By KATHLEEN SEBELIUS,
In the past, these companies ran wild with no accountability.
In the last two weeks, my department has been accused of “thuggery” (this editorial page) and “Soviet tyranny” (Newt Gingrich). What prompted these accusations? The fact that we told health-insurance companies that, as required by law, we will review large premium increases and identify those that are unreasonable.
There’s a long history of special interests using similar attacks to oppose change. In the mid-1960s, for example, some claimed Medicare would put our country on the path to socialism.
But what is really objectionable about these comments is not who they’re attacking, but what they’re defending. These critics seem to believe that any oversight of the insurance industry is too much, and that consumers would be better off in a system where they have few rights or protections.
Over the past decade, Americans have seen what happens when insurance companies have free rein. The cost of health insurance has more than doubled, while millions of hard-working Americans lost their coverage or drained their savings to keep up with premiums. Employers—big and small—have struggled mightily to absorb these cost increases and have been losing the fight.
As insurance commissioner and governor of
A woman who wrote to me recently summed up the frustration that many feel. “As a self-employed, hard-working person,” she wrote, “I have no good options for health coverage.”
Yet even as our insurance markets have failed Americans time and time again, special interests successfully blocked reform.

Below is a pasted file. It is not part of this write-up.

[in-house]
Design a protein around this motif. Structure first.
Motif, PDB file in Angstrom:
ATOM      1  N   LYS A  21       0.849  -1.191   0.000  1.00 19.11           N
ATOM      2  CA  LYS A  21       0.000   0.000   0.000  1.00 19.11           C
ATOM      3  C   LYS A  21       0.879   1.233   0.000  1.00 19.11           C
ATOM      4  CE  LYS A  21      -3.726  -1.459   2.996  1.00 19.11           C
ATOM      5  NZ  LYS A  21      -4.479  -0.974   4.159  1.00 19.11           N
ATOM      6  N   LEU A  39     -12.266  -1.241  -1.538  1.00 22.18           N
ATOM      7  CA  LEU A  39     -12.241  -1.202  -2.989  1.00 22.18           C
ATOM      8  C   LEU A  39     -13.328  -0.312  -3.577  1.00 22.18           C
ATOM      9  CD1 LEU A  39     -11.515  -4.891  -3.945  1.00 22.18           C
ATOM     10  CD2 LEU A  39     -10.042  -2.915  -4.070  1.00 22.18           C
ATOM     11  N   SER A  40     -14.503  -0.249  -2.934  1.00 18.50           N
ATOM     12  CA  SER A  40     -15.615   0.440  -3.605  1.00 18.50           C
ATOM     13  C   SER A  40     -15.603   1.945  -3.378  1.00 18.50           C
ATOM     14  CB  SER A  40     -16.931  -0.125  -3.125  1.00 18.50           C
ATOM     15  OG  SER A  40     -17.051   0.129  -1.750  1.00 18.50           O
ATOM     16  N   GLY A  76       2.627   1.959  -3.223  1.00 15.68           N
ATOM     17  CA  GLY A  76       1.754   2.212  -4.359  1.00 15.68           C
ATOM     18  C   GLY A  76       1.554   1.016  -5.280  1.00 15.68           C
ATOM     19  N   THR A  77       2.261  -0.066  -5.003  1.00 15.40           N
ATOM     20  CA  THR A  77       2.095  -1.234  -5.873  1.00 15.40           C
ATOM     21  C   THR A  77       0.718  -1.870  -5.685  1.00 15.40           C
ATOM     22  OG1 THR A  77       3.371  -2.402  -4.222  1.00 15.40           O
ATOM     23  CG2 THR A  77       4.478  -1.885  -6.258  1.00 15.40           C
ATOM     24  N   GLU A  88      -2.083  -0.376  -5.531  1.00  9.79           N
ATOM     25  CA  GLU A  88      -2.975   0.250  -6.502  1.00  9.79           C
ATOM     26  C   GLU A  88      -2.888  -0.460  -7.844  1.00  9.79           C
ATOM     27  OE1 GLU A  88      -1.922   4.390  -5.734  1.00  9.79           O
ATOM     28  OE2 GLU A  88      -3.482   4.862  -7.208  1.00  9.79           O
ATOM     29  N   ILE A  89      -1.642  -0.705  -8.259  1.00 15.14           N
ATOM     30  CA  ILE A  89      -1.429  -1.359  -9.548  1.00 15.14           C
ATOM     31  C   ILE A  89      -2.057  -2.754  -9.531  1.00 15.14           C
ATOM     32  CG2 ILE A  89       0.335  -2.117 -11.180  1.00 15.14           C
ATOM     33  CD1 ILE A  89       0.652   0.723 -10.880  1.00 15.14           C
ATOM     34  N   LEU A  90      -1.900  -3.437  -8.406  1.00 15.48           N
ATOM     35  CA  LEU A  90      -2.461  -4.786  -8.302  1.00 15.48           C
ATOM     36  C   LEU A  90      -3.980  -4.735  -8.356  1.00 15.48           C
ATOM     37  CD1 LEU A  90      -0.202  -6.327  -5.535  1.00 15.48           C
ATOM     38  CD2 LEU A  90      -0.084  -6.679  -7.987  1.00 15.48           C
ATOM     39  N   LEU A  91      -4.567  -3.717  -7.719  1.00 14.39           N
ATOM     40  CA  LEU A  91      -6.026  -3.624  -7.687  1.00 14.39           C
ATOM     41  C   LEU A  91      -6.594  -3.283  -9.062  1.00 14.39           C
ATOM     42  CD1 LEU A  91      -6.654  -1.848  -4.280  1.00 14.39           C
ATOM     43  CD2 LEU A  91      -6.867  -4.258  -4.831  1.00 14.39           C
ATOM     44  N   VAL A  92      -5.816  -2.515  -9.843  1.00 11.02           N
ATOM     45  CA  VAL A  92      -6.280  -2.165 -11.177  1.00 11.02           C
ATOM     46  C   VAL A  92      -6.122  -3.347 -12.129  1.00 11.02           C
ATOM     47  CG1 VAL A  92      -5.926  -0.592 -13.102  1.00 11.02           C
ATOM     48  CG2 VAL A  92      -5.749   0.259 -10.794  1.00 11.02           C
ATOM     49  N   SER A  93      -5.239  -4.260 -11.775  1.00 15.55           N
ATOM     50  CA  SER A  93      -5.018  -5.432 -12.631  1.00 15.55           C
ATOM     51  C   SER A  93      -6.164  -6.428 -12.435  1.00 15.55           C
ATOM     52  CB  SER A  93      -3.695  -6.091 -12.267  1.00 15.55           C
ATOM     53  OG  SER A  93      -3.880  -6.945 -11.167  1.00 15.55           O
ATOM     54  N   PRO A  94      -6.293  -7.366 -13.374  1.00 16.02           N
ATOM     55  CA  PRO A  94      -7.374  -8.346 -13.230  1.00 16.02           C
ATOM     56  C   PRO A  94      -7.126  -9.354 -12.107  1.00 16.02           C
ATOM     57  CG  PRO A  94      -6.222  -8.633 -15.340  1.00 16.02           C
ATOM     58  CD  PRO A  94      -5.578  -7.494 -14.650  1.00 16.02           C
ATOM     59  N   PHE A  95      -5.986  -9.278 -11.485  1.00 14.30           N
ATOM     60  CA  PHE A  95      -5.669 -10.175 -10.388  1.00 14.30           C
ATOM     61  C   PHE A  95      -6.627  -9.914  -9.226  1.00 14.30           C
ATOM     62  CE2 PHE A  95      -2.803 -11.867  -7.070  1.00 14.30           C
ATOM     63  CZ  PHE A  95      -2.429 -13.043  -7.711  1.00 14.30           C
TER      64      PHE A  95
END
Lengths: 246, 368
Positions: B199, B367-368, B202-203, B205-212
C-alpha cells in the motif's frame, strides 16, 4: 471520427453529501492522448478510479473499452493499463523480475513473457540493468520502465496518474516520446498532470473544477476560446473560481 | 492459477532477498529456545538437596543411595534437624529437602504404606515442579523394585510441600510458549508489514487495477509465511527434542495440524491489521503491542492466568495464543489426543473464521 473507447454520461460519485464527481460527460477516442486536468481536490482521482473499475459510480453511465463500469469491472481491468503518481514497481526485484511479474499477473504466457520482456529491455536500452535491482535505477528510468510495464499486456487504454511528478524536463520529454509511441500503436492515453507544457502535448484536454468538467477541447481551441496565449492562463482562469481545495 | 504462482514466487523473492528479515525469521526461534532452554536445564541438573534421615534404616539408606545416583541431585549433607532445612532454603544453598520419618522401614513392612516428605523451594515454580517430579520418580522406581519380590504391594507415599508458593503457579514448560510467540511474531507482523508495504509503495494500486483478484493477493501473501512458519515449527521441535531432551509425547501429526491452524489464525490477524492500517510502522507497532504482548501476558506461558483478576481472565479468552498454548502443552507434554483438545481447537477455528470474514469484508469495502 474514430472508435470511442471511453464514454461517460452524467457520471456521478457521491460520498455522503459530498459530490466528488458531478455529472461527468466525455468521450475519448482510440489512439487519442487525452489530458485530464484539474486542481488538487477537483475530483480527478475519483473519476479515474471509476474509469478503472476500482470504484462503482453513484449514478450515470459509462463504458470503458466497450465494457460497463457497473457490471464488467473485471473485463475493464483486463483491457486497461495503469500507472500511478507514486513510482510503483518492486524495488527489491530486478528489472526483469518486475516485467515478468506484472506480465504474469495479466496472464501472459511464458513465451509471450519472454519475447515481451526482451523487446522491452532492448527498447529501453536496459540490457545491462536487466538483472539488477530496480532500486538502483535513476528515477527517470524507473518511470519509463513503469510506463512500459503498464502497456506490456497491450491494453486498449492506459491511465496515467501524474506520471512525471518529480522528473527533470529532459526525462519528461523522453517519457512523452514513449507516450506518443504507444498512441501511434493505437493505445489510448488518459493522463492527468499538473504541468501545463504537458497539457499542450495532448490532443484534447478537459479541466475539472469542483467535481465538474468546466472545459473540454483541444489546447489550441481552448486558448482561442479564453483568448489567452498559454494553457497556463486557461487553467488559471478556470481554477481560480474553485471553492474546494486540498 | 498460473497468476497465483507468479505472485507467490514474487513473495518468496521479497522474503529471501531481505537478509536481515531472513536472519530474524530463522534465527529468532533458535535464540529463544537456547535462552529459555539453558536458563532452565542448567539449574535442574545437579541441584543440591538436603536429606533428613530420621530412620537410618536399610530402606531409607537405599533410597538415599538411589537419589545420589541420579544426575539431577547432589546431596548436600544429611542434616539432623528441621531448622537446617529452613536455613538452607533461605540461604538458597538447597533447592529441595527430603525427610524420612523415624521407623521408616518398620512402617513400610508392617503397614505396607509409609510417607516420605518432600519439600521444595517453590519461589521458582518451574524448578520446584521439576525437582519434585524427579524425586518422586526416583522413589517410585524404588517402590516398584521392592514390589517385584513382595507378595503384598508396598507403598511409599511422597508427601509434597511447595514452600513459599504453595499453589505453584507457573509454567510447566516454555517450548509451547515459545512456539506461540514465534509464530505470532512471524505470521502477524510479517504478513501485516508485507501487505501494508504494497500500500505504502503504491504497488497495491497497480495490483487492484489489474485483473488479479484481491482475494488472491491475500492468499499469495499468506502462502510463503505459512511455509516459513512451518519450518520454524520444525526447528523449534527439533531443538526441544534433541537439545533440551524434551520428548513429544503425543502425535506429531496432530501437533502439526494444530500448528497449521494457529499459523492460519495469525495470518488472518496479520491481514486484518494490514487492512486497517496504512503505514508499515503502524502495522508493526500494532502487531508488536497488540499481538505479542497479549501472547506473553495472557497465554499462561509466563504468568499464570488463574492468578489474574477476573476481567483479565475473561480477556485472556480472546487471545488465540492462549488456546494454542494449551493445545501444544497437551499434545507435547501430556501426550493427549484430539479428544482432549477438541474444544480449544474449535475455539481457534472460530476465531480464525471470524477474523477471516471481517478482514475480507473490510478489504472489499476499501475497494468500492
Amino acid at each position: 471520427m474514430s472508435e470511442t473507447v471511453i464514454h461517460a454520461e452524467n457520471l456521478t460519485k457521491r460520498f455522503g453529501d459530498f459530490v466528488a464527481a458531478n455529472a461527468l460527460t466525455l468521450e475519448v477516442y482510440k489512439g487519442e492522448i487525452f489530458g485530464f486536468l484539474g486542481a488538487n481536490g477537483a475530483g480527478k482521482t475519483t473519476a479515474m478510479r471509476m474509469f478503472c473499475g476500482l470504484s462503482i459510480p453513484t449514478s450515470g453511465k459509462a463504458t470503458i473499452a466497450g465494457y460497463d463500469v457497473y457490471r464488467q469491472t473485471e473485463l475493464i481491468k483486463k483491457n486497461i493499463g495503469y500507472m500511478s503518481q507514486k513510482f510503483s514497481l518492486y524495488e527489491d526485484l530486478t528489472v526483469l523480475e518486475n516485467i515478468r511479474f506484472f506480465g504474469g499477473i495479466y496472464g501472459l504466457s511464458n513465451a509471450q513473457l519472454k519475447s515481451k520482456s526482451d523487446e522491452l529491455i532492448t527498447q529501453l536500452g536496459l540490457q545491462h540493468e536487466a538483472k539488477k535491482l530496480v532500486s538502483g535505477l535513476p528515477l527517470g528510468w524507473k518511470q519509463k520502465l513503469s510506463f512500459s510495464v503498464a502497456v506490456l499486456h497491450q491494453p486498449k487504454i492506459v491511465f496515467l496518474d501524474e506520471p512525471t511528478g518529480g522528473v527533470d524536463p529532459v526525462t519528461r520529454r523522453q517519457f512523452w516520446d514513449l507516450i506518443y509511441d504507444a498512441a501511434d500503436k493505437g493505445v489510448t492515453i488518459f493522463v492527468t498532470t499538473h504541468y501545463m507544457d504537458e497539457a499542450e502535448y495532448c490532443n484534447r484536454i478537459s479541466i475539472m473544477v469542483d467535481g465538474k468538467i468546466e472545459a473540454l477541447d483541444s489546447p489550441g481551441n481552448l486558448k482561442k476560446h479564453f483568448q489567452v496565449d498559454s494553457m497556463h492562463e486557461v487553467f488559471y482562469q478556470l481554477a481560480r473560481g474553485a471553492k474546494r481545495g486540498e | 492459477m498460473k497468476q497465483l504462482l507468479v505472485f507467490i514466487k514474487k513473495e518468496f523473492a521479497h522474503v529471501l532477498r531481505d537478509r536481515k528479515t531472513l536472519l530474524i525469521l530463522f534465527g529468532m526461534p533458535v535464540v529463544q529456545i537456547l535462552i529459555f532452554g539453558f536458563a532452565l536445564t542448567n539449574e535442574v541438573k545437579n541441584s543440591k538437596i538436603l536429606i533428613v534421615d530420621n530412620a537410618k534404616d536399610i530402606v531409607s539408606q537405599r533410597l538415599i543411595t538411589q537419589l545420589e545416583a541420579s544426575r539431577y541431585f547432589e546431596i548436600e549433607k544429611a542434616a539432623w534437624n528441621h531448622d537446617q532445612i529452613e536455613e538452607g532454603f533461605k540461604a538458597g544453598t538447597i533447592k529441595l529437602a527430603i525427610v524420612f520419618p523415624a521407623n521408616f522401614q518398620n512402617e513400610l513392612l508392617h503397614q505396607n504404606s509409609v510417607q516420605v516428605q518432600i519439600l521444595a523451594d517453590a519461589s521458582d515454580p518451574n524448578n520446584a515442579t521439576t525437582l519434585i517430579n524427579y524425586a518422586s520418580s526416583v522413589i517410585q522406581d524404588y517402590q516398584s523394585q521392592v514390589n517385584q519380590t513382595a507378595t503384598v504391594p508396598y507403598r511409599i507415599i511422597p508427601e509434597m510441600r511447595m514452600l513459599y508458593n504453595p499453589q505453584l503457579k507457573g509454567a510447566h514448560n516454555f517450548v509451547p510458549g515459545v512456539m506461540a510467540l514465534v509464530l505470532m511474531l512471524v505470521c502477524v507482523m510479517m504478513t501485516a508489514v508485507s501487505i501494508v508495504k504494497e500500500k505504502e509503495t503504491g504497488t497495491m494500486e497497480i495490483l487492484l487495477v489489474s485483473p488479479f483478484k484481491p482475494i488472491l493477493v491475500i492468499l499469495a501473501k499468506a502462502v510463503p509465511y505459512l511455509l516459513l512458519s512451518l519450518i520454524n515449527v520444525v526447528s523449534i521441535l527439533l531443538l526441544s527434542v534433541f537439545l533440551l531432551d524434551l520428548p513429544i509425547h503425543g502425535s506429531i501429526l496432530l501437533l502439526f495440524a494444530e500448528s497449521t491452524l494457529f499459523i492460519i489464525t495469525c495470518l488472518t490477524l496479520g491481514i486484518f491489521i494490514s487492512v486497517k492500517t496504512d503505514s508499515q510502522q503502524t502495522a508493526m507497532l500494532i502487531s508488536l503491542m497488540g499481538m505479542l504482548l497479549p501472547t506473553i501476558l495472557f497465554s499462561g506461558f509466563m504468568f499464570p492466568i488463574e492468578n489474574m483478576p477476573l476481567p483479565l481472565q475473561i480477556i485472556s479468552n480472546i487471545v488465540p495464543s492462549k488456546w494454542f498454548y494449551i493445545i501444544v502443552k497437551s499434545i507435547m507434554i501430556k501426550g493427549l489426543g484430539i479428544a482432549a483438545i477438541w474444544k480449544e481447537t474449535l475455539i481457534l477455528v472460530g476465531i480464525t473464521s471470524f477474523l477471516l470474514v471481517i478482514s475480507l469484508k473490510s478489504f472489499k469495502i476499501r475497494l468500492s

That’s changing with enactment of the new health insurance law. Under the Affordable Care Act, 46 states have already received grants to beef up their premium-review and oversight capabilities. And additional funding is on the way.
The law also gives clear instructions to the new state-based health insurance marketplaces called exchanges that will be created in 2014. As the exchanges decide what plans to include, they must incorporate recommendations from states about whether particular health insurance issuers should be excluded based on a pattern of excessive or unjustified premium increases.
We are already seeing this new level of accountability pay off. Last week,
A day after Blue Cross Blue Shield’s announcement, seniors with private Medicare plans got some news that most Americans haven’t heard in years: Their premiums will actually go down 1% next year, even as many of them enjoy better benefits.
The Affordable Care Act is bringing some basic fairness to our health insurance market. So when I learned that a handful of insurers around the country are blaming their significant rate increases on the new law—even though the facts show that the impact of the law on premiums is small, just 1% to 2% declining over time—I let them know that we’d be closely reviewing their rate hikes.
It’s understandable that some insurance companies and their allies don’t welcome this change. They’ve made large profits from the status quo. And it’s not surprising—though still disappointing—that House Republicans have recently pledged to repeal the Affordable Care Act and get rid of these new consumer protections.
If critics really want to go back to the days when insurance companies ran wild with no accountability, they should have the courage to say so openly instead of hiding behind distracting attacks. In the meantime, we’re going to keep standing up for American families and small business owners who deserve a system that works for them.
Ms. Sebelius is the